By timothy from Slashdot's marketplace-of-ideas department
writes "Mozilla has been experimenting with an interesting idea called Boot 2 Gecko. Essentially, B2G (as it's called) is a mobile operating system based on the Web, as opposed to what the project's wiki calls 'proprietary, single-vendor stacks.' Mozilla has something here. Open Web technologies provide an intriguing platform for lots of things, mobile and otherwise. The B2G project is still pretty new, but according to the project roadmap, testing has already begun and will continue through the rest of 2011. Messaging, telephony, and battery management aspects of the OS are underway, and contacts, screen/power management, and settings are scheduled. A product demo is scheduled for sometime in the first quarter of 2012."Read Replies (0)
By timothy from Slashdot's your-war-stories-below department
writes "Christopher Drew writes that President Obama and industry groups have called on colleges to graduate 10,000 more engineers a year and 100,000 new teachers with majors in science, technology, engineering and math but studies find that roughly 40 percent of students planning engineering and science majors end up switching to other subjects or failing to get any degree — 60 percent when pre-medical students are included. Middle and high school students are having most of the fun, building their erector sets and dropping eggs into water to test the first law of motion, but the excitement quickly fades as students brush up against the reality of what David E. Goldberg calls 'the math-science death march' as freshmen in college wade through a blizzard of calculus, physics and chemistry in lecture halls with hundreds of other students where many wash out. 'Treating the freshman year as a "sink or swim" experience and accepting attrition as inevitable,' says a report by the National Academy of Engineering, 'is both unfair to students and wasteful of resources and faculty time.' But help is on the way. In September, the Association of American Universities announced a five-year initiative to encourage faculty members in the STEM fields to use more interactive teaching techniques (PDF)."Read Replies (0)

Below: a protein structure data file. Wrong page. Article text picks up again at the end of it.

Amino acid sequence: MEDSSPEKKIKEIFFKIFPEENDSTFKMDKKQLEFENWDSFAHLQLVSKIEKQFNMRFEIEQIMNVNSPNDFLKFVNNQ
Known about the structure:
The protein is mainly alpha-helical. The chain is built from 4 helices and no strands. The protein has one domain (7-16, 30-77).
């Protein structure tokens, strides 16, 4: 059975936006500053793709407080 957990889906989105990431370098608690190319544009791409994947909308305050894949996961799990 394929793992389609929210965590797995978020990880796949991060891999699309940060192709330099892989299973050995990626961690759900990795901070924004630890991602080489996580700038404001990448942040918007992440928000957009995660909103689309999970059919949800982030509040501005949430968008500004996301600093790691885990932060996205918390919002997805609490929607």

By timothy from Slashdot's you-must-have-some-steak-with-the-sizzle department
An anonymous reader writes "Why are Android device commercials showing giant robots and lightning bolts and not advertising features? Here is an interesting blog post of things Android device manufacturers could be doing to get ahead of Apple, but aren't."
On a similar front, as a mostly happy Android user, I must admit envy for the jillions of accessories marketed for the iPhone, especially ones that take advantage of that Apple-only accessory port
; maybe the Android Open Accessory
project will help.Read Replies (0)
By timothy from Slashdot's drag-out-your-cliches department
AlexDomo writes to point out this statistical breakdown of the programming languages represented at StackOverflow
One of the attached comments makes an interesting point about the difficulty in divining meaning from such statistics
, though.Read Replies (0)
By timothy from Slashdot's well-it's-just-a-theory department
esocid writes with excerpts from a piece written by Ben Goldacre of The Guardian: "Baroness Susan Greenfield, Professor of pharmacology at Oxford, apparently announced that computer games are causing dementia in children. ... Two months ago the same professor linked internet use with the rise in autism diagnoses (not for the first time), then pulled back when autism charities and an Oxford professor of psychology raised concerns. ... When I raised concerns, she said I was like the epidemiologists who denied that smoking caused cancer. Other critics find themselves derided as sexist in the media. If a scientist sidesteps their scientific peers, and chooses to take an apparently changeable, frightening, and technical scientific case directly to the public, then that is a deliberate decision, and one that can't realistically go unnoticed. ... I think these serious scientific concerns belong, at least once, in a clear scientific paper. I don't see how this suggestion is inappropriate, or impudent, and in all seriousness, I can't see an argument against it."Read Replies (0)
By timothy from Slashdot's paywalls-are-a-disease department
First time accepted submitter ecorona writes "This Google Maps mashup was published in Science (paywall warning) this week. It shows genetic risk for multiple diseases distributed across the globe. It's easy to follow the migration path and see which diseases increase/decrease in risk along human migration paths. Click on the populations to see the relative risk of the selected disease for each population. You can pick your a disease and see which populations are more susceptible. The article is behind a paywall, but the website is free to use."
On a similar note, an anonymous reader points out
a British research project that "used Twitter to track and map flu-like illnesses across the U.K. to determine if epidemics were emerging. The research culminated into an online visual tool, the Flu Detector
, that maps tweeted flu rates in several regions across the U.K.
"Read Replies (0)